This summer, my mother asked me to go through an old cardboard box in my closet and donate what I didn’t need any more to the local garage sale. As I am brushing aside cobwebs and dust, I found my first music playing device: a Hit Clip. I had not used this device since I was around six-years-old; almost fifteen years ago.
As I rotated the device, examining it from all angles as if it was a foreign object, all the memories I had with the music player flooded back into my brain. I flashed back to my little six-year-old self walking down the street with my three sisters, carrying a plastic bag full of coins we had saved up to spend at the neighborhood garage sale. We found a Hit Clip music player with additional clips ranging from Britney Spears to Vanessa Carlton to Michelle Branch to Smash Mouth. My sisters and I decided to spend our money on the Hit Clip because our older cousins loved theirs, and we trusted everything our cousins said.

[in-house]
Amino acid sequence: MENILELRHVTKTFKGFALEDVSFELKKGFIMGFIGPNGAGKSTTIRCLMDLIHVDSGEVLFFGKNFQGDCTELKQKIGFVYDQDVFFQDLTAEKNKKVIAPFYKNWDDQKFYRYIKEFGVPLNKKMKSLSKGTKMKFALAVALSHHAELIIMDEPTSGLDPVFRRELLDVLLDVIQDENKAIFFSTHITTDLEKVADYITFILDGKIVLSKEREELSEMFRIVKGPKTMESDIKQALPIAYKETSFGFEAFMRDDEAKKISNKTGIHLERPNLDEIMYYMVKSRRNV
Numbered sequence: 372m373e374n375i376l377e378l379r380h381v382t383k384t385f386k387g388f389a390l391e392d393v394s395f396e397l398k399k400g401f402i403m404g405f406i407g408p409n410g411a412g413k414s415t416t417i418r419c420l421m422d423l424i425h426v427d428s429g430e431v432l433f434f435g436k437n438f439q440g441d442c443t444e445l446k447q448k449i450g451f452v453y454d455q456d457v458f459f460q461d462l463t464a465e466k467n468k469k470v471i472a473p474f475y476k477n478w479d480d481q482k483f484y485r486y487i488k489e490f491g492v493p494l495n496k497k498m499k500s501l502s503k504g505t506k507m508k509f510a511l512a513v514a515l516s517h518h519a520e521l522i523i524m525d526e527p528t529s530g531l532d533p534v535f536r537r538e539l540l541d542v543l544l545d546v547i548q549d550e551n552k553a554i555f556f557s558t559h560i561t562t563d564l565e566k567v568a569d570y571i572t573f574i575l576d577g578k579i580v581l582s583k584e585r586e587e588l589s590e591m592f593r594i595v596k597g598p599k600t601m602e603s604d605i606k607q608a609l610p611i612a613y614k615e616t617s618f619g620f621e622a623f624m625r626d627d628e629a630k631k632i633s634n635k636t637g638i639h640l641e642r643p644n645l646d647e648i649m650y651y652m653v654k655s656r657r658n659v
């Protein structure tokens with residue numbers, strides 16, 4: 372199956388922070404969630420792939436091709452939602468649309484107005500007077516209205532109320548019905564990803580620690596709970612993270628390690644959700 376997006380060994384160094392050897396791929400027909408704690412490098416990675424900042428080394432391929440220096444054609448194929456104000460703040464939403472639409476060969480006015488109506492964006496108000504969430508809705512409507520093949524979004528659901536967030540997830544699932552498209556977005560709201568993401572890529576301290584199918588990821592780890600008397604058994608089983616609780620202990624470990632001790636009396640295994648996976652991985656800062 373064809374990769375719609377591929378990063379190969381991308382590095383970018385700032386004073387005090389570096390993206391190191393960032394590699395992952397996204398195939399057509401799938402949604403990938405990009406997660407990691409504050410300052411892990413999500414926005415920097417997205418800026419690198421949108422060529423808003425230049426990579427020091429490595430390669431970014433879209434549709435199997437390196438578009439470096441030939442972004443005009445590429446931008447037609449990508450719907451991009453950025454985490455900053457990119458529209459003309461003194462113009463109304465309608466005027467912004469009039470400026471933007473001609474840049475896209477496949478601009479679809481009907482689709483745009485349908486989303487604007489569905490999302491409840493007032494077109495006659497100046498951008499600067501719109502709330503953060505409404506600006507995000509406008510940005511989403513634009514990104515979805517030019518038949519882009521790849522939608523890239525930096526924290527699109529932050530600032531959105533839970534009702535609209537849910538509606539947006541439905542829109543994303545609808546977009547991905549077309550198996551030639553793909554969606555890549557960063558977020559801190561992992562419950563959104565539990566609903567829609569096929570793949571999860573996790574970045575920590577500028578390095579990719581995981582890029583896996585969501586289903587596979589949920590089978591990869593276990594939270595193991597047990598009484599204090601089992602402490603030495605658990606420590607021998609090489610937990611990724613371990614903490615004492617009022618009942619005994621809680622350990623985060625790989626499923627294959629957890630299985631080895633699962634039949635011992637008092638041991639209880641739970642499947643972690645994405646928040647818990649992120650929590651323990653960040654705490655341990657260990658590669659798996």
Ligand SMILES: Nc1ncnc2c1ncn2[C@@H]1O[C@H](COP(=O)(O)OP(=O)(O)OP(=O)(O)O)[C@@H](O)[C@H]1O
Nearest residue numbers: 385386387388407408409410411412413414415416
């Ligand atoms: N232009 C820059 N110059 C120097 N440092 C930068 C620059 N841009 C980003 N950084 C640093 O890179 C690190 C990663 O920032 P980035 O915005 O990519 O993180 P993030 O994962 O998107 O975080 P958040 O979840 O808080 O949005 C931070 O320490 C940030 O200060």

The Hit Clip came with a big device that would play a thirty second snippet of a song out loud. It also had a feature where one could listen to the music through an ear bud. Reflecting on my generation and what is happening present day with technology and music, people like to listen to music by themselves. Every day as we drive, walk to class, study, etc. we notice people with ear buds. It is important to have personal space and be able to connect with what we are listening to with ourselves. With that being said, cars commonly have auxiliary cords that allow us to share music with others; just like the Hit Clip. With the Hit Clip, I would put in the chip and share the player with my sisters as we listened to the songs. Sharing music is an incredible move in the technological field because music brings people together no matter if it is listening to it by yourself or with others.